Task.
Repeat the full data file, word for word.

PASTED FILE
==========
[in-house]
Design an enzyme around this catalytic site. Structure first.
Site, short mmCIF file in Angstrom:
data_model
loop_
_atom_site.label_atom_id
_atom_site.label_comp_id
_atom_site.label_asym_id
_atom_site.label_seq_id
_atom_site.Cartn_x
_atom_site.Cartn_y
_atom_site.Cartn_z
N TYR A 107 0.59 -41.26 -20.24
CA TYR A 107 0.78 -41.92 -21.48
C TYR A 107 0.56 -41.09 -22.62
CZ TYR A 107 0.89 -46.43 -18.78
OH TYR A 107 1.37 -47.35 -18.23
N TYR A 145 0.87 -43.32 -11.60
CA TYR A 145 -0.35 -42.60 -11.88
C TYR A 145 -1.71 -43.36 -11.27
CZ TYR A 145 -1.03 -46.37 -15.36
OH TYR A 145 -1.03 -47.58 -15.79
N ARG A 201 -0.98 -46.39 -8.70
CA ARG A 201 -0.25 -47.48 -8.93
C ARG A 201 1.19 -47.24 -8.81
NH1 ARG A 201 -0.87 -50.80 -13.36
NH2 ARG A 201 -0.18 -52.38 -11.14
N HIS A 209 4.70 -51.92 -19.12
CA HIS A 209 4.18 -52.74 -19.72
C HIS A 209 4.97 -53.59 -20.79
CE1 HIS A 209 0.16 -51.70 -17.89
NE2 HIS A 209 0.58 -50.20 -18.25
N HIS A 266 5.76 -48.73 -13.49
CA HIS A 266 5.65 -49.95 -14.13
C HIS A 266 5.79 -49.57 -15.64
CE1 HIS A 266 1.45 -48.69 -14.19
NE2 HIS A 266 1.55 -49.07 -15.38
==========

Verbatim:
[in-house]
Design an enzyme around this catalytic site. Structure first.
Site, short mmCIF file in Angstrom:
data_model
loop_
_atom_site.label_atom_id
_atom_site.label_comp_id
_atom_site.label_asym_id
_atom_site.label_seq_id
_atom_site.Cartn_x
_atom_site.Cartn_y
_atom_site.Cartn_z
N TYR A 107 0.59 -41.26 -20.24
CA TYR A 107 0.78 -41.92 -21.48
C TYR A 107 0.56 -41.09 -22.62
CZ TYR A 107 0.89 -46.43 -18.78
OH TYR A 107 1.37 -47.35 -18.23
N TYR A 145 0.87 -43.32 -11.60
CA TYR A 145 -0.35 -42.60 -11.88
C TYR A 145 -1.71 -43.36 -11.27
CZ TYR A 145 -1.03 -46.37 -15.36
OH TYR A 145 -1.03 -47.58 -15.79
N ARG A 201 -0.98 -46.39 -8.70
CA ARG A 201 -0.25 -47.48 -8.93
C ARG A 201 1.19 -47.24 -8.81
NH1 ARG A 201 -0.87 -50.80 -13.36
NH2 ARG A 201 -0.18 -52.38 -11.14
N HIS A 209 4.70 -51.92 -19.12
CA HIS A 209 4.18 -52.74 -19.72
C HIS A 209 4.97 -53.59 -20.79
CE1 HIS A 209 0.16 -51.70 -17.89
NE2 HIS A 209 0.58 -50.20 -18.25
N HIS A 266 5.76 -48.73 -13.49
CA HIS A 266 5.65 -49.95 -14.13
C HIS A 266 5.79 -49.57 -15.64
CE1 HIS A 266 1.45 -48.69 -14.19
NE2 HIS A 266 1.55 -49.07 -15.38